MOUNT PLEASANT, Iowa — On the penultimate day of his pre-Christmas bus tour through Iowa, Gov. Rick Perry laid out an outline — a very skeletal outline — of the first hundred days of his hypothetical presidency.
He was asked to list his top three priorities for his first 100 days as president by Margi Mountz, who is the director of religious education at a local Catholic church. Perry did not have to stray far from the script of the speeches he’s been delivering across the state to answer her question.
The first thing he would do, he said, is issue an executive order eliminating as much as possible of the federal health care reform legislation passed under President Obama.
“From the time the election’s over with until [the] inaugural, we will be working on a host of pieces of legislation that we will be going forward with,” Perry said. One of those would wipe out the remaining parts of so-called “Obamacare.”
Then, Perry said, he would focus on “continuing to give direct instructions to the Department of Interior and the EPA on the energy front, opening up our lands and waters.” Perry said he hopes Obama will approve the controversial Keystone XL pipeline to bring crude oil down from Canada, and to get construction under way by January 2013. If it’s not, Perry said, as president, he would do the honors.
Perry also recommended that caucus-goers check out the flat tax proposal on his website. Unlike Tuesday, when Perry needed the help of Louisiana Gov. Bobby Jindal — who had been touring with Perry for the last two days, but peeled off prior to the stop in Mount Pleasant — to accurately recall the details of the standard deduction in his own plan, Perry made a point of telling the audience that it increases to $12,500 per person.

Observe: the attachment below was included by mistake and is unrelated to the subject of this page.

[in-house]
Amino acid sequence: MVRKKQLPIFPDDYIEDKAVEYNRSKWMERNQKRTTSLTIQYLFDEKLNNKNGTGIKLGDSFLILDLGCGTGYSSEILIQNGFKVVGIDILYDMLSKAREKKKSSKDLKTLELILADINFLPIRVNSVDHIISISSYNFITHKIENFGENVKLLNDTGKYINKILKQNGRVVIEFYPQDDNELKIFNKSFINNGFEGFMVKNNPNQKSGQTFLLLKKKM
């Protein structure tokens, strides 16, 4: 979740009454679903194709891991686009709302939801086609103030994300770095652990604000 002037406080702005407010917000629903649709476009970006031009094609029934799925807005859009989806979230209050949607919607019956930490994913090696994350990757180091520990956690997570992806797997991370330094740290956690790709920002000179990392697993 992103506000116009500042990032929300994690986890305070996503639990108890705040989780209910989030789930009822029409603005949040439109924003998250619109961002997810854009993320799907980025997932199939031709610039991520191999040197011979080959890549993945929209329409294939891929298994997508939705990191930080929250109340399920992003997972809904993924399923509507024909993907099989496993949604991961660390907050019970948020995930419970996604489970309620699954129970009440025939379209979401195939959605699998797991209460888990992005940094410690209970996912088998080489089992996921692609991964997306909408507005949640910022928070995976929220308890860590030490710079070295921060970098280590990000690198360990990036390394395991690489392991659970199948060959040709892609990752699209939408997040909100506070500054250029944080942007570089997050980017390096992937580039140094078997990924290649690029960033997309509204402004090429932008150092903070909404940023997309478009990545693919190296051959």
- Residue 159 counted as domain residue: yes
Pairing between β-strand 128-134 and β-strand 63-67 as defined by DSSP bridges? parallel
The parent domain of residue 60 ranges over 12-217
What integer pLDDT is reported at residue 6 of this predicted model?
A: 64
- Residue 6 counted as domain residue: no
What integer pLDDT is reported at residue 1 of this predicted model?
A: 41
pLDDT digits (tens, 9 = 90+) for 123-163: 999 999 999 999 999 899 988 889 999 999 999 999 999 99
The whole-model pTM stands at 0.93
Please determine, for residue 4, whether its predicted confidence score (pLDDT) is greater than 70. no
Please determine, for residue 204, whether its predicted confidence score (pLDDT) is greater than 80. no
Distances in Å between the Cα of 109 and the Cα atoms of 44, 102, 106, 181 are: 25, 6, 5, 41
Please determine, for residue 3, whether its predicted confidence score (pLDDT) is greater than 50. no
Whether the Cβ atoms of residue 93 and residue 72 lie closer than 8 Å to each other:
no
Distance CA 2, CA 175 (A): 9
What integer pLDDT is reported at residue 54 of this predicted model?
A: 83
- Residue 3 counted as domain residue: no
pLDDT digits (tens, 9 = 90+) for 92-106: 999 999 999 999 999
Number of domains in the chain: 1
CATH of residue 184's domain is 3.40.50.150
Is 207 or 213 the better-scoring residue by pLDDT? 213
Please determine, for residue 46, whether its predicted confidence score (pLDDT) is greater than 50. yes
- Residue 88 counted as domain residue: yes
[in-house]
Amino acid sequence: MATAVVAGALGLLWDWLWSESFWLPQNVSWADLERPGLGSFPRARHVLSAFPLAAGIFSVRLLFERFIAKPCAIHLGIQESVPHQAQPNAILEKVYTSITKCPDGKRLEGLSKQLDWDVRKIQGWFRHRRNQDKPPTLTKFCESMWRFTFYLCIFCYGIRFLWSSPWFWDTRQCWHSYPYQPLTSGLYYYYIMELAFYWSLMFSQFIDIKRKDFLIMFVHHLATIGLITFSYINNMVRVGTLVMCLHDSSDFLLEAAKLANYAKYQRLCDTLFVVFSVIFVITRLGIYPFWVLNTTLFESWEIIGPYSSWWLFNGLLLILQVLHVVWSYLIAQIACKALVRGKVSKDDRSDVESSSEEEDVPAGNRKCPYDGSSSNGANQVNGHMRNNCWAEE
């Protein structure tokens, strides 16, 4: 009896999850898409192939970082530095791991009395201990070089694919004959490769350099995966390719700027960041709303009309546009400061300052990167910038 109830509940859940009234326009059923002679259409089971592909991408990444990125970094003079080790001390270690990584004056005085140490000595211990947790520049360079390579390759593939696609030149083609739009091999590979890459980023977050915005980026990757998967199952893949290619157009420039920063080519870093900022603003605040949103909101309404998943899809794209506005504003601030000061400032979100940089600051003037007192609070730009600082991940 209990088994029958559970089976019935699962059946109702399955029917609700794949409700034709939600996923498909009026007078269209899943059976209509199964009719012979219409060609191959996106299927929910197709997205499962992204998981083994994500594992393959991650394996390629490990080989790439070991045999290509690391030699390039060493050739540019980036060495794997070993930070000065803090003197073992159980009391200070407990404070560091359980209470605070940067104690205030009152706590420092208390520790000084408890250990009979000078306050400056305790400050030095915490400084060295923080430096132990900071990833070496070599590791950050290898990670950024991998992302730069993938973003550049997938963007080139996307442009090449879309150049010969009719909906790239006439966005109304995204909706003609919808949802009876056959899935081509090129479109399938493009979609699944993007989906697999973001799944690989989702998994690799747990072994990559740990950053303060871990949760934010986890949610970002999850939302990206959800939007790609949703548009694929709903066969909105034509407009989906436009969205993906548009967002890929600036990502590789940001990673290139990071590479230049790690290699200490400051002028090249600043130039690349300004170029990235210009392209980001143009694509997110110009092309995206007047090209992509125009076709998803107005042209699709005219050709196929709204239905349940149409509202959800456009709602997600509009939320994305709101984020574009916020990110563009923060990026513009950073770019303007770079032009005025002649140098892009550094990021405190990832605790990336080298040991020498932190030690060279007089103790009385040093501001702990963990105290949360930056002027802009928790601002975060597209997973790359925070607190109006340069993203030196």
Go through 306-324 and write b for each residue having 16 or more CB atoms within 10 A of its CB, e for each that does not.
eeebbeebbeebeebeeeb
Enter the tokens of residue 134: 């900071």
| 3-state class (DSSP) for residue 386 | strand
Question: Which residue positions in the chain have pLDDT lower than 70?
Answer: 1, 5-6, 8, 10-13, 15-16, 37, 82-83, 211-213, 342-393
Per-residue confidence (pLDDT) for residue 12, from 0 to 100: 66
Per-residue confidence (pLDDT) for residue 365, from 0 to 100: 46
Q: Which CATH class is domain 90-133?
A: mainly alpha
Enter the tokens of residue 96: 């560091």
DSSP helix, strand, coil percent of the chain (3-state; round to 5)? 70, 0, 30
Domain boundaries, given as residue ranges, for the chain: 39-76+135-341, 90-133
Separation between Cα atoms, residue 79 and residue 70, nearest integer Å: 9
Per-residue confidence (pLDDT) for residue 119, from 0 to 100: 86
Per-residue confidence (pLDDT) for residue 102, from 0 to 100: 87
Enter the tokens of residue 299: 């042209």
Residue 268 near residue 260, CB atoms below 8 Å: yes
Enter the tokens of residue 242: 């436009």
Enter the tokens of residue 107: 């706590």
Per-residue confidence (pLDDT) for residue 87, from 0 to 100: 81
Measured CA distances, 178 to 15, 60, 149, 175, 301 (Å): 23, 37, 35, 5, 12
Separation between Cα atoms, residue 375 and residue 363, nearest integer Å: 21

Mountz said she liked Perry’s list, though she hasn’t yet settled on a final choice in the GOP race. “He’s definitely in my top three,” she said of Perry, who is joined on her favorites list by Michele Bachmann and Mitt Romney.
In addition to Perry’s list, she said that she’d also like to see No Child Left Behind reworked, the abolition of the departments of education and energy, and for the next president to “fix” immigration.
She speculated that Perry’s pitch was likely resonating with her fellow Iowans. “He’s very down to earth, as most Iowans are,” she said. “Mount Pleasant is just so typical of Iowa. Small town, good people, they care about their neighbors. He sounds like he comes from that kind of background."
As for Perry’s propensity for gaffes, she said: “That doesn’t bother me. When you’re talking to as many people as these people talk to, you’re going to make some mistakes.”
George Wheat, a retired college professor from Mount Pleasant, passed by as Mountz talked to reporters, and he emphatically agreed. “You’d better believe it. We all can forget something,” he said. “That represents 95 percent of the people.”
Earlier in the day, Perry acknowledged his propensity for gaffes. At a stop in Muscatine — the only other stump speech of the day — he was asked what role prayer played in his life.
His response: “I prayed right before I walked over here that I wouldn’t make any mistakes that my friends in the media would be able to put on television.”
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